Paris is overflowing with the tomate cerise, or cherry tomato. From a flourish on a restaurant plate to apero time with friends in a chic apartment. While the rest of France still embraces the hearty, rippled heirloom tomato - Paris is all about the sweet little cherry tomato.
In his book, Stuff Parisians Like, Olivier Magny says, "...."why cherry tomatoes? all Parisians would agree that J'sais pas. J'aime bien et puis ca change. (I don't know. I just like them, plus they're just different.).... There is now no inviting friends over for a casual dinner without serving cherry tomatoes as an addition to your aperitif. C'est tout simple mais c'est sympa, c'est frais. (Simple and fresh)..."
While staying in Paris this summer, we bought some beautiful tomate cerise from the fantastic Marche Saxe Breteuil, an open air market held every Thursday and Saturday on Avenue de Saxe (7th Arrondissement) with the most wonderful view of the Eiffel Tower. We enjoyed these little morsels that were absolutley bursting with sweetness and a very strong tomato fragrance as a part of our picnic, right under the Eiffel Tower. We also saved some to have later that evening to enjoy with an aperitif before heading out to a wonderful bistro, nearby our apartment.
Olivier suggests in his book, "... The more you slice a cherry tomato, the more civilized you will appear...". However, this seemed like a classic Parisian understatement. Whilst we were in Paris this year we had some very simple, classically French, absolutley stunningly flavoursome dishes that showcased the star ingredient - the tomate cerise.
Back at home in Sydney and with friends and family joining us for lunch this long weekend, I was inspired to try and recreate a beautiful starter we had at a bistro on Rue Montorgueil - a fresh and simple cherry tomato mousse.
Cherry tomato mousse (mousse de tomate cerise)
1 large punnet of cherry tomatoes
1 sheet of gelatine leaves
150ml of cream, whipped into soft peaks
2 eschalots, finely chopped
1 pinch of caster sugar
Olive oil, salt and pepper
Marigold petals, micro herbs and fleur de sel to garnish.
1. Add eschalots to a pan and cook them for around 5 mn in olive oil - they just need to become translucent. Don't let them brown.
2. Add the chopped tomatoes, sugar, salt and pepper, cook 12 to 15 minutes over medium heat.
3. Off the heat, add the drained gelatine.
4. Blend the tomato mixture with a hand blender into a puree, cool.
5. Gently fold in whipped cream to the tomato puree and season with salt and pepper.
6. Divide the tomato mousse into small glasses ( I used some little yoghurt pots I bought back from Paris), place them in the fridge to set, around 3 h.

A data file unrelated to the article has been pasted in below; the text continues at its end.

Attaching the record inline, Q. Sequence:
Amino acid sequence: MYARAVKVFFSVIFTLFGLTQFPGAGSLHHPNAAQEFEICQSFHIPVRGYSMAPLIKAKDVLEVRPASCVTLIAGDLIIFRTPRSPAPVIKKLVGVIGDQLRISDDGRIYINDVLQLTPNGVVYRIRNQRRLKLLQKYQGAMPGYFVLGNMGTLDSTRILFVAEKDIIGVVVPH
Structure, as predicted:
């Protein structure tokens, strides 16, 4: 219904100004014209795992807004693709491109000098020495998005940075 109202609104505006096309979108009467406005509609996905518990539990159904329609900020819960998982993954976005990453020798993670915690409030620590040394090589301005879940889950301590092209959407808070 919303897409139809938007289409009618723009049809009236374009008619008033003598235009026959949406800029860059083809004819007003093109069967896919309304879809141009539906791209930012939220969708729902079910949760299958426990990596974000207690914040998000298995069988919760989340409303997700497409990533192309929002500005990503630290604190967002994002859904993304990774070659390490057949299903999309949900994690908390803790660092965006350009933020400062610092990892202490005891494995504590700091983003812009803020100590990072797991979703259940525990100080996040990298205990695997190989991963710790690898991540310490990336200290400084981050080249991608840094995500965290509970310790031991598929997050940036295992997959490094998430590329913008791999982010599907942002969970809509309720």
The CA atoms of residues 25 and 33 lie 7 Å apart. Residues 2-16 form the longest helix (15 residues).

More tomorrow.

7. Garnish with marigold leaves, micro lambs lettuce, halved cherry tomatoes and a sprinkle of fleur de sel.
8. Serve with a French Rose and Parmesan crusted savory biscuits.
Another divine dish I was lucky to sample in Paris was a light, crispy, caramely cherry tomato tarte tatin. It is both sweet and savory at the same time - and bursting with color. A perfect dish for summer (and even spring) when cherry tomatoes are sweet, fragrant and at their best. You could serve slices as an entree or even as a main - along with a fresh green salad.
Cherry tomato tarte tartin
2 tablespoons of butter
1/2 tablespoon of brown sugar
1 large punnet of heirloom cherry tomatoes, halved and seeded
1 tablespoon red wine vinegar
1 tablespoon of fresh thyme, removed from stems
1 block of pre prepared puff pastry
1. Preheat oven to 180C degrees.
2. In a frying pan (the right size to fit the tomatoes snuggly - make sure the pan also has an oven proof handle and is non stick) gently melt the butter.
3. Add the sugar and cook until it dissolves into the butter.
4. When the sugar starts to caramelise, add the cherry tomatoes with the cut sides up.
5. Cook the tomatoes on a low heat for around 10 mn. Add the vinegar and cook for another 5 mn. Sprinkle over the fresh thyme leaves and season with salt and pepper.
6. Roll the puff pastry and cut a round to fit over your pan.
7. When the tomatoes have cooled slightly, place your pastry on top of the tomatoes, tucking the sides. Make a few small holes in the top of the pastry.
8. Place the frying pan in the oven and bake for 30 minutes, or until the pastry is golden.
9. When the tart is ready, remove from the oven and cool for around 10 mn. Loosen the pastry from the pan by running knife around the edge of the pan.
10. Set a large plate over the tart and flip right side up so the tart comes out.
So...whether you try out the tarte tartin or the mousse - or simply serve a bowl of beautiful little cherry tomatoes with some charcuterie - do like the Parisians do and grab yourself some cherry tomatoes to accompany your next apero with friends.